The War of the Worlds on the BBC hasn’t been received well by viewers.

Creating a film or TV adaptation of a much-loved book is often a tricky business.

For a start, you have to work out what from the book works on screen and then tweak what doesn’t but then arguably more pressing is the extra scrutiny that book fans will apply, picking up on anything and everything that isn’t in the original text. 

More often than not, adaptations fail in one aspect of the above but according to viewers of the BBC’s new The War of the Worlds series, both TV and book audiences have been let down by the latest adaptation of H.G. Wells’ much-loved book.

But just what have fans had to say about the three-episode series? 

The War of the Worlds on the BBC

The BBC’s adaptation of The War of the Worlds takes the story back to H.G. Wells’ routes, by setting itself in the Surrey town of Woking during the late 1890s.

However, that is effectively the only thing that is kept from the book as the show’s creators made a lot of tweaks to the series in the hopes of winning over TV audiences with the show’s lead writer Peter Harness admitting to the Radio Times that “it’s not massively faithful, to be honest.”

Whether characters were given bigger roles or plot details were changed, the BBC adaptation certainly hasn’t held back in taking liberties with the original book.

However, despite the changes, TV viewers don’t seem to have been won over either.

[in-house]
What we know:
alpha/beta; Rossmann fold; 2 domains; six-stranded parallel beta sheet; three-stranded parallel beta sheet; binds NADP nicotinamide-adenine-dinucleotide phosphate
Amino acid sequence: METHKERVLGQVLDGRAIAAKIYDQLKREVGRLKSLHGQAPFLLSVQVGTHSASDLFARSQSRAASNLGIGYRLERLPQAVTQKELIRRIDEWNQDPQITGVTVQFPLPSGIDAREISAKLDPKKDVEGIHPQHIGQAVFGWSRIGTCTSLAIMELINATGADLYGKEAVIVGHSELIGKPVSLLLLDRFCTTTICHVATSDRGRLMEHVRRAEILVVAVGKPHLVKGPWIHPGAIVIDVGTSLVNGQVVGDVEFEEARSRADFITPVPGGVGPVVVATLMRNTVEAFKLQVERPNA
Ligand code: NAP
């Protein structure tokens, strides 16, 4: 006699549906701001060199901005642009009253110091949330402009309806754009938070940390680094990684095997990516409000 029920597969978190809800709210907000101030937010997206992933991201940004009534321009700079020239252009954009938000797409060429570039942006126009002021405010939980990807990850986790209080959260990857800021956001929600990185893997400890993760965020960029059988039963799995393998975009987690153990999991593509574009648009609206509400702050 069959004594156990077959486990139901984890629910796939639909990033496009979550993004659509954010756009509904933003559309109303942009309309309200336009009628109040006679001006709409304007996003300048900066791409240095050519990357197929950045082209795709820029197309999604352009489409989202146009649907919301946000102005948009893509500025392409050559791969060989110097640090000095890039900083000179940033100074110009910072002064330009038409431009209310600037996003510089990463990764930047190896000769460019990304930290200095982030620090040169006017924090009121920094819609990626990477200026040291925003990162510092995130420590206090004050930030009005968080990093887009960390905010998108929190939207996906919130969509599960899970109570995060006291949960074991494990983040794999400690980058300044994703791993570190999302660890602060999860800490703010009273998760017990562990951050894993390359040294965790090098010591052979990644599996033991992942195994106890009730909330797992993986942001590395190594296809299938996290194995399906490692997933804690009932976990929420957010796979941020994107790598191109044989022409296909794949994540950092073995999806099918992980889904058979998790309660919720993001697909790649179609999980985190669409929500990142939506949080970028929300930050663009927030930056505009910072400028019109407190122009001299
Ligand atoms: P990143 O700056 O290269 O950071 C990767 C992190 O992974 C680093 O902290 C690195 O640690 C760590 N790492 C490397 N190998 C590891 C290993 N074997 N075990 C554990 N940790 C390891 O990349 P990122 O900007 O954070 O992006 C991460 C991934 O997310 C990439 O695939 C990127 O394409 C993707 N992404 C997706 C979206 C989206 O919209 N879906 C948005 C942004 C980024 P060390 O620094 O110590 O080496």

Fans react to ‘awful’ ending

Despite promising so much by returning to the original setting of H.G. Wells’ novel, The War of the Worlds has failed to win over audiences and the final episode, in particular, has drawn criticism from viewers who have quickly taken to social media to vent their frustrations.

One viewer commented “Well that was a terrific example of how to kill a plot stone dead. I’m presuming the aliens died of embarrassment at that godawful script.”

While another Twitter user followed up with “How could the @bbc get it so wrong with #WarOfTheWorlds. I was so looking forward to this proper period adaptation of Wells’ Novella. When you start rooting for the Martians something ain’t right.”

Is the ending different from the original book?

Yes, very much so. 

While the original book has the narrator – he’s not even given a name in the book but is called George in the series – survive, he also discovers that the Martians perish on Earth thanks to germs and pathogens in the air, the demise of the alien invaders is all but glossed over in the TV version.  

What we’re left with is a new red planet with humanity living in a perpetual red mist until Amy discovers a newly-growing plant, the signal for a return to normality before we cut to black and the credits roll. 

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